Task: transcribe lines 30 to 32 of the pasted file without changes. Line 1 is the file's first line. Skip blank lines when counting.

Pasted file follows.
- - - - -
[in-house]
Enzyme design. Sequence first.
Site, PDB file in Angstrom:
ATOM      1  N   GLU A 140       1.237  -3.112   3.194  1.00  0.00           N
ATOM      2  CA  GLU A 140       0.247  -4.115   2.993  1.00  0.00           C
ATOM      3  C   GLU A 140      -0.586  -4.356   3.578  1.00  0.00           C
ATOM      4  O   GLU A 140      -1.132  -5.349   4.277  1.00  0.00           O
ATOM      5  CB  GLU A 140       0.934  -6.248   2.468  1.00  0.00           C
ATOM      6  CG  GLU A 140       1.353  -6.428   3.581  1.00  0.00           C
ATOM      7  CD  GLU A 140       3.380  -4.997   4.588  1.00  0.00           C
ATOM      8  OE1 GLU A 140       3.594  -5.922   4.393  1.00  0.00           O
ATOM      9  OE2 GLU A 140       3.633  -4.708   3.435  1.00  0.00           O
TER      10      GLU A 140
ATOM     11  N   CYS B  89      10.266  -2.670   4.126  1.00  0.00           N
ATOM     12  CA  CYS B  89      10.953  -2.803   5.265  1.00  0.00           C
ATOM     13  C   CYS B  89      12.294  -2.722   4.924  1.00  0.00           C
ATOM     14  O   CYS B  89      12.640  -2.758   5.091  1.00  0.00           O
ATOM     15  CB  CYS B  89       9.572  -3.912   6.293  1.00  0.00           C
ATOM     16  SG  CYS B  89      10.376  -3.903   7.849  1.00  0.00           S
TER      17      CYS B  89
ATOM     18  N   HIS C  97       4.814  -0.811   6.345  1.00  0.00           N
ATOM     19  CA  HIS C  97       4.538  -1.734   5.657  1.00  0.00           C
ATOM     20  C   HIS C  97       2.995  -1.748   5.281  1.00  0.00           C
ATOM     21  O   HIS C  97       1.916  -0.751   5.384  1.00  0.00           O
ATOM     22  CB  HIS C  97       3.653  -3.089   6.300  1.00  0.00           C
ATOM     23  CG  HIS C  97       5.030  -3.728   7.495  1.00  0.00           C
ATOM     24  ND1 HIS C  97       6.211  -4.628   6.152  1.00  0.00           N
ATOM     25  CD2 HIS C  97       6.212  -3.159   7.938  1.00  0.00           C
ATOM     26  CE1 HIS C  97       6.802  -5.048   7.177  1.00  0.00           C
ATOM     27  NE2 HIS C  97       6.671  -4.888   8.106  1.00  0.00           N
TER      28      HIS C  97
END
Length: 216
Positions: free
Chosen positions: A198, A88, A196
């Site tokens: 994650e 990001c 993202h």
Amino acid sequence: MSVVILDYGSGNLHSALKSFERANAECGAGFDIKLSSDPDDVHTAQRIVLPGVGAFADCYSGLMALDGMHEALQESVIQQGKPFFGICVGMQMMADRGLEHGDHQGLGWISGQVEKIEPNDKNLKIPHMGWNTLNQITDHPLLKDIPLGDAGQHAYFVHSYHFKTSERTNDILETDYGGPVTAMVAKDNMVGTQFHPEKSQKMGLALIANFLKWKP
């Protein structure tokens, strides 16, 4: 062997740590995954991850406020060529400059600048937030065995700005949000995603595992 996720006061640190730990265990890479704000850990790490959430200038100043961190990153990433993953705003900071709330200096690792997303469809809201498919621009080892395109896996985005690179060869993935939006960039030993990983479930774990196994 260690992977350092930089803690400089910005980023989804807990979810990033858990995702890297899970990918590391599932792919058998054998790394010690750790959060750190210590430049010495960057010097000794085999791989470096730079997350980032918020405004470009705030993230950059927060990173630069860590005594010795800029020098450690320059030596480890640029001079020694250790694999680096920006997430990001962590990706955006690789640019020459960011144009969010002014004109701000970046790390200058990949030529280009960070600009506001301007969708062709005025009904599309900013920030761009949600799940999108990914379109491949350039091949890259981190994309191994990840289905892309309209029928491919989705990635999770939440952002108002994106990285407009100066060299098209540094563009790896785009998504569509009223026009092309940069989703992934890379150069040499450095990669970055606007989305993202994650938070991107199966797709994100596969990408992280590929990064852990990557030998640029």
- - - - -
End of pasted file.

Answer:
ATOM     27  NE2 HIS C  97       6.671  -4.888   8.106  1.00  0.00           N
TER      28      HIS C  97
END